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J Strength Cond Res. 2007 May;21(2):487-91.

Effect of a single bout of resistance exercise on postprandial glucose and insulin response the next day in healthy, strength-trained men.

Author information

1
Department of Sport Medicine, Norwegian School of Sport Sciences, Oslo, Norway. eivind.andersen@medisin.uio.no

Abstract

Postprandial blood glucose and insulin levels are both risk factors for developing obesity, type-2 diabetes, and coronary heart diseases. To date, research has shown that a single bout of moderate- to high-intensity aerobic exercise performed <or=24 hours before a carbohydrate ingestion has a positive effect on the postprandial glucose and insulin response, but the reports on the effect of a single bout of resistance exercise are scarce. The purpose of this study was to examine if a bout of resistance exercise performed 14 hours before ingestion of a carbohydrate-rich meal might reduce the postprandial increment in blood glucose and plasma insulin concentration. Ten healthy, strength-trained, young men participated in a meal and resistance exercise experiment. All subjects ingested a carbohydrate-rich meal (1 g carbohydrate per kg body weight) after fasting for 12 hours either with no exercise the preceding 3 days or after a bout of resistance exercise performed 14 hours earlier. Blood glucose and plasma insulin were measured every 15 and 30 minutes, respectively, for 2 hours. The postprandial blood glucose response measured as the peak value, the slope (from time 0 to peak value), and the incremental area under the curve 0-60 min (IAUC(0-60 min)) was significantly (p <or= 0.05) reduced 14 hours after the resistance exercise compared with the control experiment (no exercise). However, total IAUC was not significantly influenced by a bout of previous resistance exercise. Also, the plasma insulin response did not differ between the 2 experiments. From the present study it would appear that a bout of resistance exercise can reduce the postprandial glucose elevation for at least 14 hours.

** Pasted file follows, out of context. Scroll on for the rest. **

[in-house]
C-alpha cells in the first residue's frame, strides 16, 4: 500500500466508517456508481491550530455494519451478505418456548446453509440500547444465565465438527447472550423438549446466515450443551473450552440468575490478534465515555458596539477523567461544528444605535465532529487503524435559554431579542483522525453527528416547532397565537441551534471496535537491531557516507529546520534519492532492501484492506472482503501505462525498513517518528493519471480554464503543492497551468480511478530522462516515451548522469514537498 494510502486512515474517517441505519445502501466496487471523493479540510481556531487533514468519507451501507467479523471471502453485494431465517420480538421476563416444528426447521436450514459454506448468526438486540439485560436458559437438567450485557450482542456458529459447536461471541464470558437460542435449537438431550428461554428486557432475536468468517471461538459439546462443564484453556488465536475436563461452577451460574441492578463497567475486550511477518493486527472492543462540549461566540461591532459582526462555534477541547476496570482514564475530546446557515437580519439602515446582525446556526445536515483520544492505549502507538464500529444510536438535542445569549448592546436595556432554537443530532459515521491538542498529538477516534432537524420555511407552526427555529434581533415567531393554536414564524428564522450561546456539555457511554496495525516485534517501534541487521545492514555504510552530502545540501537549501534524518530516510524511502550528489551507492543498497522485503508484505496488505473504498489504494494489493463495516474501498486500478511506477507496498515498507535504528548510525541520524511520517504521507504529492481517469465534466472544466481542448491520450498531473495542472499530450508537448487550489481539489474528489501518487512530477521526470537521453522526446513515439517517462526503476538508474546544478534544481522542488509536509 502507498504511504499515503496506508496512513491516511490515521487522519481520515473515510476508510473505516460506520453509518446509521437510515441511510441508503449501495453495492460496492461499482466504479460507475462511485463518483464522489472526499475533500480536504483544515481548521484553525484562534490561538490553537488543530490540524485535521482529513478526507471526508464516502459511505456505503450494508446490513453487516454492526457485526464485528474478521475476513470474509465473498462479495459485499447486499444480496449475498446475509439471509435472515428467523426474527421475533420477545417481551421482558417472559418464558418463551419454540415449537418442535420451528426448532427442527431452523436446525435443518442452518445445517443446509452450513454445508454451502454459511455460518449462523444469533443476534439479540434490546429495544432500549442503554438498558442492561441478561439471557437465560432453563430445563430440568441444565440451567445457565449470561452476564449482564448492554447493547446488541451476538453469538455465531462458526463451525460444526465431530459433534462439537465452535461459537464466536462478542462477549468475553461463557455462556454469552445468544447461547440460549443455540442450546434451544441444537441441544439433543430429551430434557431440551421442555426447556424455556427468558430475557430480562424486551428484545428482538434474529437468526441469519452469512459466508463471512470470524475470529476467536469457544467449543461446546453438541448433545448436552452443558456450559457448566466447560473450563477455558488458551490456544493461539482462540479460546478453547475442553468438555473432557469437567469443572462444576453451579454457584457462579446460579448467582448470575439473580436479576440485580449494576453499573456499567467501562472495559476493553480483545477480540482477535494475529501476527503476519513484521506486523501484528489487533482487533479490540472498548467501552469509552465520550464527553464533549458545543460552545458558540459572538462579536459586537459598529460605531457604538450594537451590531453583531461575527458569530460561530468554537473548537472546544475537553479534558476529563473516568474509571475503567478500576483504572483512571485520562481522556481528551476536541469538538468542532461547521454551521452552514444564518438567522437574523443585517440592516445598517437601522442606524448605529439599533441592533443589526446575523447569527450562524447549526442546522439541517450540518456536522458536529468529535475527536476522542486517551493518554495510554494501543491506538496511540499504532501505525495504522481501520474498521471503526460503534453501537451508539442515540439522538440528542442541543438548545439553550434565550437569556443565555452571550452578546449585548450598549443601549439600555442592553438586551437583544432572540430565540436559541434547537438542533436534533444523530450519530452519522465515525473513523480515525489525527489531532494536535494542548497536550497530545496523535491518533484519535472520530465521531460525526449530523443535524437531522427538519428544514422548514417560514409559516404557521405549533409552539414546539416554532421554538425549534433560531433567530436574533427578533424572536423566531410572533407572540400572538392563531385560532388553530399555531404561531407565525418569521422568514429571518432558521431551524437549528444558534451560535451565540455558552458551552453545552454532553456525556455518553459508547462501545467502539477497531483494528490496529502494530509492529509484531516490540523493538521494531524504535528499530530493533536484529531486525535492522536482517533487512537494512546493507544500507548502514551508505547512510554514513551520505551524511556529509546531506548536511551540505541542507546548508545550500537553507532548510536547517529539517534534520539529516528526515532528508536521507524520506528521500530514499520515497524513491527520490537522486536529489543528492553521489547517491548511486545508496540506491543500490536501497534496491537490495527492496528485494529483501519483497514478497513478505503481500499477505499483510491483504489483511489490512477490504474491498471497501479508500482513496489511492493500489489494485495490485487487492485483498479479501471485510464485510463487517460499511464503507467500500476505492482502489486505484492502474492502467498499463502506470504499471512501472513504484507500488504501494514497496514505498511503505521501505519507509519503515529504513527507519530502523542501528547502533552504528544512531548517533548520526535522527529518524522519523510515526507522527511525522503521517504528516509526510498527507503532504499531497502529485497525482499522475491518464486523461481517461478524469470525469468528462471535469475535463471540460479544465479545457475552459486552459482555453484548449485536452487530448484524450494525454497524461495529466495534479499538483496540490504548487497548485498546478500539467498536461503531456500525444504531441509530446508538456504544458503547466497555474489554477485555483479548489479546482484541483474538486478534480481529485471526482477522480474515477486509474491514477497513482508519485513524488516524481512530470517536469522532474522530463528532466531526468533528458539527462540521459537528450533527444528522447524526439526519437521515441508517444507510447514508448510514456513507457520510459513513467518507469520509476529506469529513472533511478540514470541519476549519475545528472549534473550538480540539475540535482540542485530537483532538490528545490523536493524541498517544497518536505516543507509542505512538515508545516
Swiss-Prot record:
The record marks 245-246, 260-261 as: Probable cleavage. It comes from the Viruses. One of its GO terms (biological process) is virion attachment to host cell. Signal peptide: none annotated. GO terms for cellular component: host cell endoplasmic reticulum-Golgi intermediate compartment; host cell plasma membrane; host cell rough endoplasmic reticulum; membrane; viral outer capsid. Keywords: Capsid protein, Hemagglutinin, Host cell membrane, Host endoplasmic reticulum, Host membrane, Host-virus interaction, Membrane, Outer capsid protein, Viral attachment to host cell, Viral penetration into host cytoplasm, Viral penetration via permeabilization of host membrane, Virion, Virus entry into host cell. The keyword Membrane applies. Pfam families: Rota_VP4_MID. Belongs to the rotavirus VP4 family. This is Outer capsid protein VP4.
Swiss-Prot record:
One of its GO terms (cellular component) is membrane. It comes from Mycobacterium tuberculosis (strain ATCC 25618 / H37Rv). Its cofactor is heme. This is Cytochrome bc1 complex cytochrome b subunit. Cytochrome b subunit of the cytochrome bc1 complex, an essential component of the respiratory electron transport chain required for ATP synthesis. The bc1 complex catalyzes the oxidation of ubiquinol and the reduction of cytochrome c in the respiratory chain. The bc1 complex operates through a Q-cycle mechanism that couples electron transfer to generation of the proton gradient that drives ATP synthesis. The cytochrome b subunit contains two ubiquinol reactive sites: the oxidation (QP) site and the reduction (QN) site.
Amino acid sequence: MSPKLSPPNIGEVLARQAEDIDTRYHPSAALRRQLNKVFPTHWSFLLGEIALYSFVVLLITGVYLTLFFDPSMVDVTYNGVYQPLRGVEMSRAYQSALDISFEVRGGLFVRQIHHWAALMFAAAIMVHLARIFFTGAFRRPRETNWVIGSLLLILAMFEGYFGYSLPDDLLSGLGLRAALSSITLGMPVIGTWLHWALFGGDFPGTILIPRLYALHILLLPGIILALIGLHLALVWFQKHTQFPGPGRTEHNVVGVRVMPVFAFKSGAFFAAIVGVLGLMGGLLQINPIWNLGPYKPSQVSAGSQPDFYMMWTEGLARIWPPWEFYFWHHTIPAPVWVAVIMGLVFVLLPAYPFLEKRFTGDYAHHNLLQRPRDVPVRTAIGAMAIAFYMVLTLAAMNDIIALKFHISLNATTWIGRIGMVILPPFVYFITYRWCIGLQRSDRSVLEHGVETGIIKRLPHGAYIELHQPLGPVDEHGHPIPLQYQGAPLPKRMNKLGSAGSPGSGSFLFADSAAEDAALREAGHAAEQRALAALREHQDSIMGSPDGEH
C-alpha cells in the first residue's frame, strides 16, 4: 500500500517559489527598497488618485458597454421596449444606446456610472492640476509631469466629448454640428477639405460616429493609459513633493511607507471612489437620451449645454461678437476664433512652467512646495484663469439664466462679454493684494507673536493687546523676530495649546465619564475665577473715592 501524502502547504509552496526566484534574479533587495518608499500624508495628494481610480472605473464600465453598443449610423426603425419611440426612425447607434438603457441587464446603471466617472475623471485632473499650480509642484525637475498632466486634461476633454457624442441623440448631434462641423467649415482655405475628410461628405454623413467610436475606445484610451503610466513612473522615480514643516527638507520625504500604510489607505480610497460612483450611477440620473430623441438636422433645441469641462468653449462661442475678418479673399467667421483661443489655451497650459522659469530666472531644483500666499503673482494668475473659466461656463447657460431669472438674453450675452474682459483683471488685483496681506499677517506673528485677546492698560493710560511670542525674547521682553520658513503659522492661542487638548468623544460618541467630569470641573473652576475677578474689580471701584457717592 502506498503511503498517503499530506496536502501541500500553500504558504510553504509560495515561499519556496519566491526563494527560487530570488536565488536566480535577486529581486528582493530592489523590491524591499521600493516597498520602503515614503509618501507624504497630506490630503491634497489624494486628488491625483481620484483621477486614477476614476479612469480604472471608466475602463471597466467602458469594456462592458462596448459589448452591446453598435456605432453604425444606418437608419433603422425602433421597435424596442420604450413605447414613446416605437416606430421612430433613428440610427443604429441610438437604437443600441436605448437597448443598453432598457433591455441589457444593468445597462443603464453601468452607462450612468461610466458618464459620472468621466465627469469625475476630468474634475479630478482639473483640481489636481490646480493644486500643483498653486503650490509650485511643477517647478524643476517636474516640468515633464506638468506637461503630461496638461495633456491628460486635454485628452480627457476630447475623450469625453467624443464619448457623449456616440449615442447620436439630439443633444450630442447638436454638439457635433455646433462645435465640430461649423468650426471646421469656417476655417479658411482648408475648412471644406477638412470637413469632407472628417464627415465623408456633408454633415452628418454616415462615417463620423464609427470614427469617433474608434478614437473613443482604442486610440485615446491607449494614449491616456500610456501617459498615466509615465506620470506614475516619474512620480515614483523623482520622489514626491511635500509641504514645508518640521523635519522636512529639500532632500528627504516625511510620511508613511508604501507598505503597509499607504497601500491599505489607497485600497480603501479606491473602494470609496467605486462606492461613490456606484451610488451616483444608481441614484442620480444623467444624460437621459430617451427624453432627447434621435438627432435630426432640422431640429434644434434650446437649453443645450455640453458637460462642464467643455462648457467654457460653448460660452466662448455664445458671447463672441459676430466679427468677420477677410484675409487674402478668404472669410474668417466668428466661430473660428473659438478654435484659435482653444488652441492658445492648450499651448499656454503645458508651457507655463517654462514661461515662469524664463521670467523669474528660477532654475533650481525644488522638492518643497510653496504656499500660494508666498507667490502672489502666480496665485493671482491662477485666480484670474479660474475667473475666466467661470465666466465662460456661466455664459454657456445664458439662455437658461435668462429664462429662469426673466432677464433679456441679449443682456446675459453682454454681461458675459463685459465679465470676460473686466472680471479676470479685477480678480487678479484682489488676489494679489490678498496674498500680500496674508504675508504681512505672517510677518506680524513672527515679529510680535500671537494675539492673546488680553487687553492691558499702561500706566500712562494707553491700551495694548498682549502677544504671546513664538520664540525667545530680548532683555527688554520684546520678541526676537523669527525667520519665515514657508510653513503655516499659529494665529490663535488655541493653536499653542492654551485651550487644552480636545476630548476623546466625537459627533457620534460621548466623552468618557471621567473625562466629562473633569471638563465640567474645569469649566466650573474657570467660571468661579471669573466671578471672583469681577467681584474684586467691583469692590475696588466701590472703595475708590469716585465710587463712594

PMID:
17530971
DOI:
10.1519/R-20105.1
[Indexed for MEDLINE]

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